* Italian auction seen smooth as investors look for yield
* Talk of Spanish syndicated deal persists
* Bunds edge up but hold near six-week lows
By Marius Zaharia
LONDON, May 13 (Reuters) - Italian yields edged up before a bond sale on Monday, while Bund futures recovered from six-week lows after a European Central Bank policymaker reiterated a deposit rate cut was possible.
Italy will offer up to 8 billion euros of fixed-rate bonds and debt linked to 6-month Euribor (CCTEUs) at its regular mid-month auction. Traders said investors sold Italian bonds early in the session to make room for the new supply.
Appetite for Italian and other high-yielding euro zone debt has been strong this year as ultra-easy central bank policies have depressed benchmark yields and pushed investors towards riskier assets in search for higher returns.
“I believe the auction will go well,” said Mathias van der Jeugt, rate strategist at KBC in Brussels.
“The amount on offer is relatively low and can be easily digested. We’ve seen some marginal cheapening over the past few days ... and investors’ hunger for yield isn’t over yet.”
Italian 10-year yields were 5 basis points higher on the day at 3.95 percent, having hit a 2-1/2 year low of 3.682 percent hit at the beginning of May.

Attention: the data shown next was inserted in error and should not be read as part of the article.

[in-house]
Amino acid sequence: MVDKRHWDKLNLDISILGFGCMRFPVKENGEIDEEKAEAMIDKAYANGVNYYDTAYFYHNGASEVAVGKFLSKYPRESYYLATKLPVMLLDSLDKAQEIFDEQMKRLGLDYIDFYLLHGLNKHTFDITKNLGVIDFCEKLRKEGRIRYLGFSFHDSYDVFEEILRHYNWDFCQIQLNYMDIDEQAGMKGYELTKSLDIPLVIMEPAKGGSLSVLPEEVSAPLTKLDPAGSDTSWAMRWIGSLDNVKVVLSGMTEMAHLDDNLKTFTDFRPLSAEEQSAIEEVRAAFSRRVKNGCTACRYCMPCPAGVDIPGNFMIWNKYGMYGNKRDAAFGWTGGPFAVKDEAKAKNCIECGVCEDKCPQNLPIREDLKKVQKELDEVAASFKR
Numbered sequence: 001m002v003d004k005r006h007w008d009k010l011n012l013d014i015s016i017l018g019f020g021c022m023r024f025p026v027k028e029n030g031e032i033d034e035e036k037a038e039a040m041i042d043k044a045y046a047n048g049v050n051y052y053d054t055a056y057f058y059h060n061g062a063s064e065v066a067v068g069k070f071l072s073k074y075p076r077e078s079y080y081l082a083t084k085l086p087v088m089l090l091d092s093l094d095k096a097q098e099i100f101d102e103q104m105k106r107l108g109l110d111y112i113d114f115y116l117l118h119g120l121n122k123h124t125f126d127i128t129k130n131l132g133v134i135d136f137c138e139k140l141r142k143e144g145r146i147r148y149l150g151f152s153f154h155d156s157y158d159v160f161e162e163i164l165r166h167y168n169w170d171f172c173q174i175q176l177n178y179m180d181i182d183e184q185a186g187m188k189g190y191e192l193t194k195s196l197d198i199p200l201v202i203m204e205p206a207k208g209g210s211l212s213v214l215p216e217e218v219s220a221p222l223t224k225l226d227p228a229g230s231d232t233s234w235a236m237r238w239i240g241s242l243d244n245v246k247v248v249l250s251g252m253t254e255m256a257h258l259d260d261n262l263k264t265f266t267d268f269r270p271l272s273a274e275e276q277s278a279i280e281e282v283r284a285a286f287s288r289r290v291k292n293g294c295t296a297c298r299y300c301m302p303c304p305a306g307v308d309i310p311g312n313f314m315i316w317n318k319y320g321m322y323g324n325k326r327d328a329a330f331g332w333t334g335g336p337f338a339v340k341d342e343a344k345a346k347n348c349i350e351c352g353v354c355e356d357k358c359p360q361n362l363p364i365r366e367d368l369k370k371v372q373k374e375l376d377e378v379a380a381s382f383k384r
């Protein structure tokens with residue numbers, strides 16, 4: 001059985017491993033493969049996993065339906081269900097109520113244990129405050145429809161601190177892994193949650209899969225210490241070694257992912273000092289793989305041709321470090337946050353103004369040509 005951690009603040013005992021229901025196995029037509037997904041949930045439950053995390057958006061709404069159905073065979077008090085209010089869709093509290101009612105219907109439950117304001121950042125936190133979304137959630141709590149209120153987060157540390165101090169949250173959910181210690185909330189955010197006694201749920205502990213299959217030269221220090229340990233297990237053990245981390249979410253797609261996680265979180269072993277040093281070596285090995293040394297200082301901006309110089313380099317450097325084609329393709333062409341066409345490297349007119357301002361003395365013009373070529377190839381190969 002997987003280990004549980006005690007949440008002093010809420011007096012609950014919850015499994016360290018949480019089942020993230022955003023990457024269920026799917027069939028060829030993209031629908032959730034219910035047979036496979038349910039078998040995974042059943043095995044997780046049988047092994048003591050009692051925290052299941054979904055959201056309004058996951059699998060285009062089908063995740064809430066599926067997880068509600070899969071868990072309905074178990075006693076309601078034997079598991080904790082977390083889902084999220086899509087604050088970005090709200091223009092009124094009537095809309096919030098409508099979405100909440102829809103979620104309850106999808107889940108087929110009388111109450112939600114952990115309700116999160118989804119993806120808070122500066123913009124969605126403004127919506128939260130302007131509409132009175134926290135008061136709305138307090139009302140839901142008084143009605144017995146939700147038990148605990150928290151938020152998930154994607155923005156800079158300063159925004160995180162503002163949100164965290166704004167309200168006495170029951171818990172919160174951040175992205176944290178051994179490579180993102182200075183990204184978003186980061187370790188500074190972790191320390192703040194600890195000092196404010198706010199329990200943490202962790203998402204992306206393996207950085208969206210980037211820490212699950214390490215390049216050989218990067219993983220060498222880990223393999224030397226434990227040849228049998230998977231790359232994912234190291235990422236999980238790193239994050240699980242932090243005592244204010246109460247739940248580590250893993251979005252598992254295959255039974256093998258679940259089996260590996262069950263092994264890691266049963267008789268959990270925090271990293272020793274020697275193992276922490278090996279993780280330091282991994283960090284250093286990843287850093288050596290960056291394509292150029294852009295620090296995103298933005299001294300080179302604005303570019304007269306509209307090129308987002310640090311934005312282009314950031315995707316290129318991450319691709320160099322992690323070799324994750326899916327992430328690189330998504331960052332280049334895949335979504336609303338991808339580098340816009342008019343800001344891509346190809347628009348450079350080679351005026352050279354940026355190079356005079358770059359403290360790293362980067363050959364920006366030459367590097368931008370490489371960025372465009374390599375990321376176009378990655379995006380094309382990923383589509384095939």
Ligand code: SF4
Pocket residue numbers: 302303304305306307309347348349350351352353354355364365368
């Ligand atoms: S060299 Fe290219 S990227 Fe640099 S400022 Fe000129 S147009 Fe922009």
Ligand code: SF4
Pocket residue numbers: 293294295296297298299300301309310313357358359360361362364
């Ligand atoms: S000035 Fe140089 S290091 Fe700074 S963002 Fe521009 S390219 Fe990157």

Analysts said speculation Spain could launch a syndicated debt sale could weigh on peripheral bonds, as the market would have to absorb a significant amount of debt after Madrid sold more than planned at an auction last Thursday.
The Spanish government has not commented, but market talk persists after strong syndicated debt sales by Portugal and Slovenia earlier in May.
“It might put some pressure on Spanish bonds in the near term if rumours persist but I don’t think it would be a reason to delay it or not to do it,” van der Jeugt said.
Spanish 10-year yields were 5 bps higher at 4.26 percent
At the other end of the credit spectrum, German Bund futures were 18 ticks higher on the day at 144.84, after matching Friday’s six-week low at 144.43 at the open.
Forecast-beating U.S. jobs figures and German industrial output data last week contributed to a sharp retreat in Bund futures after they hit record highs at 147.20 on May 2.
Comments by ECB governing council member Ignazio Visco that the central bank could cut the deposit rate into negative territory if the economy needed more help eased expectations that better data could prompt the ECB to hold fire.
Traders also said the dollar’s rise to 4-1/2 year highs against the yen on Friday has prompted selling of Treasuries and Japanese bonds, with Bunds caught in the downdraft. But the impact on Bunds seemed to be fading.
“We took the lead from Japan (on Friday) and we never really recovered ... but presumably a lot of the long (positions in Bunds) haven been taken out,” one trader said.